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Interaction technique is used in human-computer interaction (HCI) and interaction design to develop a process to consolidate a number of steps into a single task, thereby improving the user-device experience. There are several two-dimensional (2D) interaction techniques, and three-dimensional (3D) interaction techniques also have been developed. All techniques involve a melding of multiple inputs and outputs, from both hardware and software, that results in a user-friendly interaction with the computer.
Hardware input devices can include things such as keyboards, pointing devices, cameras, joysticks or touch screens. Some software examples include touch or pressure sensing, speech recognition and motion tracking. The output side can have as many items as the input side and will often include duplicates. Monitors, speakers and talking dolls are just a few samples of output-related devices.
HCI designers work to build a simple protocol that includes all of the relevant elements. The interaction technique used to build this protocol varies by application and designer. Several primary categories of interaction technique have emerged, including the use of command languages and function keys.
Beyond these are the more complicated techniques that require a larger group of sub-tasks to be performed. Menus are perhaps the most common interaction technique. Nearly every website has at least one example of this in a nested or drop-down menu bar. One of the most plainly visible techniques is direct manipulation, such as a scroll bar.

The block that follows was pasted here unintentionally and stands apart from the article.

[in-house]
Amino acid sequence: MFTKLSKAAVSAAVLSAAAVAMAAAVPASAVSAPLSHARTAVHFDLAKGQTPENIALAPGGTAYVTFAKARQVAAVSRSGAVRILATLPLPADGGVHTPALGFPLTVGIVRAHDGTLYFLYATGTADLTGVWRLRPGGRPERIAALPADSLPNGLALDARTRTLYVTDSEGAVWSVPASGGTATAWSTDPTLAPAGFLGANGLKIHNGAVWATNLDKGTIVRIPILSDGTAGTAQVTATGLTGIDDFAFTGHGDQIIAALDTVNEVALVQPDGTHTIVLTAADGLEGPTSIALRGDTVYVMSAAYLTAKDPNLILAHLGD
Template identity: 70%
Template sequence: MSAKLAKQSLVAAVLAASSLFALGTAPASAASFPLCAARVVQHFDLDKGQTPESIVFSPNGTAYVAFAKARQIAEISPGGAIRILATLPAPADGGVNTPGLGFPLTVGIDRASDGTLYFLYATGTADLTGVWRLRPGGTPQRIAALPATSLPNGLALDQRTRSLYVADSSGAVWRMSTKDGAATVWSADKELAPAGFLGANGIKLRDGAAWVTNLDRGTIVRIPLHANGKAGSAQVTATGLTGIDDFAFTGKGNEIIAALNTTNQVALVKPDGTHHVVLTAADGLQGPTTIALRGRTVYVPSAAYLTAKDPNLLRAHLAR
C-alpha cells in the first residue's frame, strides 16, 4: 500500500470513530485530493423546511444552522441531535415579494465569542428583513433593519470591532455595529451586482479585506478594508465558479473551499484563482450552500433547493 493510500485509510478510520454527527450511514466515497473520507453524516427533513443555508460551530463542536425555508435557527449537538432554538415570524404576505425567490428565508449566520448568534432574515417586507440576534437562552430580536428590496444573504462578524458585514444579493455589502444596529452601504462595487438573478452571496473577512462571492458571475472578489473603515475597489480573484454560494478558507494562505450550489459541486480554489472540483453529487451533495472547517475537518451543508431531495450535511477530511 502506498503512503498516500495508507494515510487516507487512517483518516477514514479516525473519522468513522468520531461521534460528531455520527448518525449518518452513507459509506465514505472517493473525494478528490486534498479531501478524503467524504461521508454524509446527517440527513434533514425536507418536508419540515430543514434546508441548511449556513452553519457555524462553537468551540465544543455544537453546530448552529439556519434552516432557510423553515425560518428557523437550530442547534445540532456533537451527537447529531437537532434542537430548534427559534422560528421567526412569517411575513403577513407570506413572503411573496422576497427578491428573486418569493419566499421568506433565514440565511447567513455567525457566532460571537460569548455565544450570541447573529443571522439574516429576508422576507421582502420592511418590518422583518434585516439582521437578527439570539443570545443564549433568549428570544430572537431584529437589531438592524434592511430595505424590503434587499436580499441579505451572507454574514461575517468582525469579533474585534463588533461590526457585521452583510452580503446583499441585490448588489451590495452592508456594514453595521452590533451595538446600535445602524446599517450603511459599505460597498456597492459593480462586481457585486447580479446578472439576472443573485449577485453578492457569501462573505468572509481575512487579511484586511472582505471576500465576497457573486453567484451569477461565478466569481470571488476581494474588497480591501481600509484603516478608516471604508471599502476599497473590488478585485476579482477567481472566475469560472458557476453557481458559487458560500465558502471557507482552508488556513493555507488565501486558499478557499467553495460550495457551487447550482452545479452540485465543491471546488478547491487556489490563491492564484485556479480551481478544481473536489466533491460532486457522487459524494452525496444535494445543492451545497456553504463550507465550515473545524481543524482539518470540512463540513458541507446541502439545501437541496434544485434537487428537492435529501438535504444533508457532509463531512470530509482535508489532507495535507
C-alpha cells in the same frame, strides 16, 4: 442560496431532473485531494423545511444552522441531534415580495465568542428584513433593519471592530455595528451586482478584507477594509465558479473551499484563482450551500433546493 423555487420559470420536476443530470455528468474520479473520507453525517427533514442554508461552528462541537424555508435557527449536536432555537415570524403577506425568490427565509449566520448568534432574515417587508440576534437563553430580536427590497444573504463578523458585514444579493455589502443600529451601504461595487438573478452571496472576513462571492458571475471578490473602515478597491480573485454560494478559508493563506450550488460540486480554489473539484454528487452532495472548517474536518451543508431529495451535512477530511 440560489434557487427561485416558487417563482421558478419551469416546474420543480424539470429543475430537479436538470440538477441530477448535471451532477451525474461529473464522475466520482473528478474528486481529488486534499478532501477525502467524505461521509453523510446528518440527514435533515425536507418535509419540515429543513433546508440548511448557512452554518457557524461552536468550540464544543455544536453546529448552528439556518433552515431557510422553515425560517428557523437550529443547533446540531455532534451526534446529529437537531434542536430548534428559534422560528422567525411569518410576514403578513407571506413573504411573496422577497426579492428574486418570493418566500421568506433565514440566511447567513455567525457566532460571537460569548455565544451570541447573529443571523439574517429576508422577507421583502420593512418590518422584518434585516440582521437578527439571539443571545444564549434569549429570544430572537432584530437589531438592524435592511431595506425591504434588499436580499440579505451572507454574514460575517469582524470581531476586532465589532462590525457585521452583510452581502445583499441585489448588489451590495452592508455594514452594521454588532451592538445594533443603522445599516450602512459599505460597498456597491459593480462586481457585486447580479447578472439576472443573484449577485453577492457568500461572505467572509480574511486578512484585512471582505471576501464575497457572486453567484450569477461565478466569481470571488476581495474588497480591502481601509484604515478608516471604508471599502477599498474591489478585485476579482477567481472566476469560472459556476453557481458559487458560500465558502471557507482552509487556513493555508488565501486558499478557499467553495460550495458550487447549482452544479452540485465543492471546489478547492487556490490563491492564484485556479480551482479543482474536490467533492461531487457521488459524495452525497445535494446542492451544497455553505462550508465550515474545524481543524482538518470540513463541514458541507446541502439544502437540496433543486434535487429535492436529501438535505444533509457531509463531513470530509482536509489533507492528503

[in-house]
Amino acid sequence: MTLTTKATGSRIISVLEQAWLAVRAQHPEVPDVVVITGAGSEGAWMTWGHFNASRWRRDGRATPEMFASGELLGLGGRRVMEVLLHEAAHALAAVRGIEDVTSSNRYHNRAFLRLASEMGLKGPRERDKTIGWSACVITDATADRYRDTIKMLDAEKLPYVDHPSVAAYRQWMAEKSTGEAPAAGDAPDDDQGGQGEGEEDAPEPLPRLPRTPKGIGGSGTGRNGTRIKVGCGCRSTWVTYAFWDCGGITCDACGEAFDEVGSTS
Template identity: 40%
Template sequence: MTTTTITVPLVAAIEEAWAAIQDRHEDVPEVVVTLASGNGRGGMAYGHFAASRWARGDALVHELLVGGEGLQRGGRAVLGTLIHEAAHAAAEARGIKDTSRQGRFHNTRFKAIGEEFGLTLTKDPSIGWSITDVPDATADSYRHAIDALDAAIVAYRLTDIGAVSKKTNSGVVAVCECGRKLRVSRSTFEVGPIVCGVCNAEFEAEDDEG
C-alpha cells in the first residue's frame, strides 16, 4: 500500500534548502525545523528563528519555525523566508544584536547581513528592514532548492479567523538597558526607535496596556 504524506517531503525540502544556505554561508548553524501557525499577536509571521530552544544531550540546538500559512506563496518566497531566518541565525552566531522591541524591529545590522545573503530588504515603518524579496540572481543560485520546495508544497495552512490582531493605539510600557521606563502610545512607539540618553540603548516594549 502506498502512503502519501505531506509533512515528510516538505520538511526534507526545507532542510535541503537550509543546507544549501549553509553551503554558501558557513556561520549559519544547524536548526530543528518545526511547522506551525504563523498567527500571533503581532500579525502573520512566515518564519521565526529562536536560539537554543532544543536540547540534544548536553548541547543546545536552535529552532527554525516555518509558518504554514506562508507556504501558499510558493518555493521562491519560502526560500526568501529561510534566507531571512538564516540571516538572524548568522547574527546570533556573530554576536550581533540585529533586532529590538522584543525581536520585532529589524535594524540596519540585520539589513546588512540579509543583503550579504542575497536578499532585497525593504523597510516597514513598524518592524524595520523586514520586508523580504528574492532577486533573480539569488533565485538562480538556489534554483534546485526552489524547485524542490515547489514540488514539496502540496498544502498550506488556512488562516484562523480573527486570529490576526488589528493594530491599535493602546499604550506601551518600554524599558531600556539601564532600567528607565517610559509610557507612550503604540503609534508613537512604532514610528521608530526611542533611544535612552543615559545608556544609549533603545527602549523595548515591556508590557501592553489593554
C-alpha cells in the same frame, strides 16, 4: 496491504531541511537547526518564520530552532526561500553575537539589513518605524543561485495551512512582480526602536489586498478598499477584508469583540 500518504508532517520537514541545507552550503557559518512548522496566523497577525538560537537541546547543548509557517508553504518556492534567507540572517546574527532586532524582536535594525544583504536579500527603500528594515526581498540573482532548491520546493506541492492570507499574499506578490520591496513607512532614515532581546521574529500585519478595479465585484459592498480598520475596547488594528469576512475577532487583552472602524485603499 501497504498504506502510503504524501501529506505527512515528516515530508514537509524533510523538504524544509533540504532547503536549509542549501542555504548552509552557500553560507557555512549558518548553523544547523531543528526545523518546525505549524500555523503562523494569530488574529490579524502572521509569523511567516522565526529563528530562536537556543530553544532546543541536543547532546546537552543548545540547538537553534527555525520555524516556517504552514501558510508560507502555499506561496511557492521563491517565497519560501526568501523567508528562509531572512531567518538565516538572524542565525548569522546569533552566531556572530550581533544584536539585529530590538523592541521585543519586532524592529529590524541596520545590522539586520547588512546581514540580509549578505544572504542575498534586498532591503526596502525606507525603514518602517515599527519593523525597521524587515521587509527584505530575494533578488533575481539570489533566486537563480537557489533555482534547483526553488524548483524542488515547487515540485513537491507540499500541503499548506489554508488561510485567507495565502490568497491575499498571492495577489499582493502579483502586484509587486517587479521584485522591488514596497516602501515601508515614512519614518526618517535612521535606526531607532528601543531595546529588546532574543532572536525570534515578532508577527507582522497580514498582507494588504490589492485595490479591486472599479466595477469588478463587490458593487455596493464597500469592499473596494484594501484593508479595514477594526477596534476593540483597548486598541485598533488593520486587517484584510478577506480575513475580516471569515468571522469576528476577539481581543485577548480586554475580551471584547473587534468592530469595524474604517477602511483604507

Form filling, in which a user has options to choose before completing the task, and pointing techniques that employ special cursors are two others. Many mobile devices contain a motion-detection technology, which is an interaction technique used in games and applications. Console gaming systems also utilize a motion detection technique.
Three-dimensional interaction techniques allow a user to have a natural interaction in a virtual environment. The development of 3D technology has expanded dramatically, and great steps have been taken toward streamlining and smoothing out the experience with 3D and virtual reality. This is a long way from the days when HCI and interaction technique was focused mainly on productivity applications such as word processors and spreadsheets.
Since the development of the personal computer, interaction technique has expanded from the simple focus on user productivity. Military systems, e-commerce, games and more all use interaction technique. It is not just for the individual user anymore but for all persons. It is not limited to simple graphical interfaces but many devices and technologies.
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